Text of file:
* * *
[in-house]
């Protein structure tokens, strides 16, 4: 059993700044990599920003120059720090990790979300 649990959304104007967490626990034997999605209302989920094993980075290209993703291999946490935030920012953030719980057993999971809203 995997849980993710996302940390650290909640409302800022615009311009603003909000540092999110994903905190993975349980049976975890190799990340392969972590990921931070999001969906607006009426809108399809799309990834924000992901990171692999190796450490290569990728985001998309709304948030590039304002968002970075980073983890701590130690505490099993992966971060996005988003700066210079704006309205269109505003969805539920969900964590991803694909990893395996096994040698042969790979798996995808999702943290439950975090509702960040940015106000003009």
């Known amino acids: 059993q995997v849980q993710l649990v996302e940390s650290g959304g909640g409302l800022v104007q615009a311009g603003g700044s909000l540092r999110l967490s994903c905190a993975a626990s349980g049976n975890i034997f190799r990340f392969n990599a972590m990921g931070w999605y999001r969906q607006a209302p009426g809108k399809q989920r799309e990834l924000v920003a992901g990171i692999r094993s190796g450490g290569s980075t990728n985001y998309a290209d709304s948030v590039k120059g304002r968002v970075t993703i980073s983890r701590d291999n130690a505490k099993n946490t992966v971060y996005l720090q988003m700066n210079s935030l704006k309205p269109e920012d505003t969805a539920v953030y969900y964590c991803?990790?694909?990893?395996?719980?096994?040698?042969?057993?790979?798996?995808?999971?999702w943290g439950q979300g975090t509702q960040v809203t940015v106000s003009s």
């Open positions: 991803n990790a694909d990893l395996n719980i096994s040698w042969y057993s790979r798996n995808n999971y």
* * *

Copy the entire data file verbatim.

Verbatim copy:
[in-house]
């Protein structure tokens, strides 16, 4: 059993700044990599920003120059720090990790979300 649990959304104007967490626990034997999605209302989920094993980075290209993703291999946490935030920012953030719980057993999971809203 995997849980993710996302940390650290909640409302800022615009311009603003909000540092999110994903905190993975349980049976975890190799990340392969972590990921931070999001969906607006009426809108399809799309990834924000992901990171692999190796450490290569990728985001998309709304948030590039304002968002970075980073983890701590130690505490099993992966971060996005988003700066210079704006309205269109505003969805539920969900964590991803694909990893395996096994040698042969790979798996995808999702943290439950975090509702960040940015106000003009």
């Known amino acids: 059993q995997v849980q993710l649990v996302e940390s650290g959304g909640g409302l800022v104007q615009a311009g603003g700044s909000l540092r999110l967490s994903c905190a993975a626990s349980g049976n975890i034997f190799r990340f392969n990599a972590m990921g931070w999605y999001r969906q607006a209302p009426g809108k399809q989920r799309e990834l924000v920003a992901g990171i692999r094993s190796g450490g290569s980075t990728n985001y998309a290209d709304s948030v590039k120059g304002r968002v970075t993703i980073s983890r701590d291999n130690a505490k099993n946490t992966v971060y996005l720090q988003m700066n210079s935030l704006k309205p269109e920012d505003t969805a539920v953030y969900y964590c991803?990790?694909?990893?395996?719980?096994?040698?042969?057993?790979?798996?995808?999971?999702w943290g439950q979300g975090t509702q960040v809203t940015v106000s003009s």
């Open positions: 991803n990790a694909d990893l395996n719980i096994s040698w042969y057993s790979r798996n995808n999971y």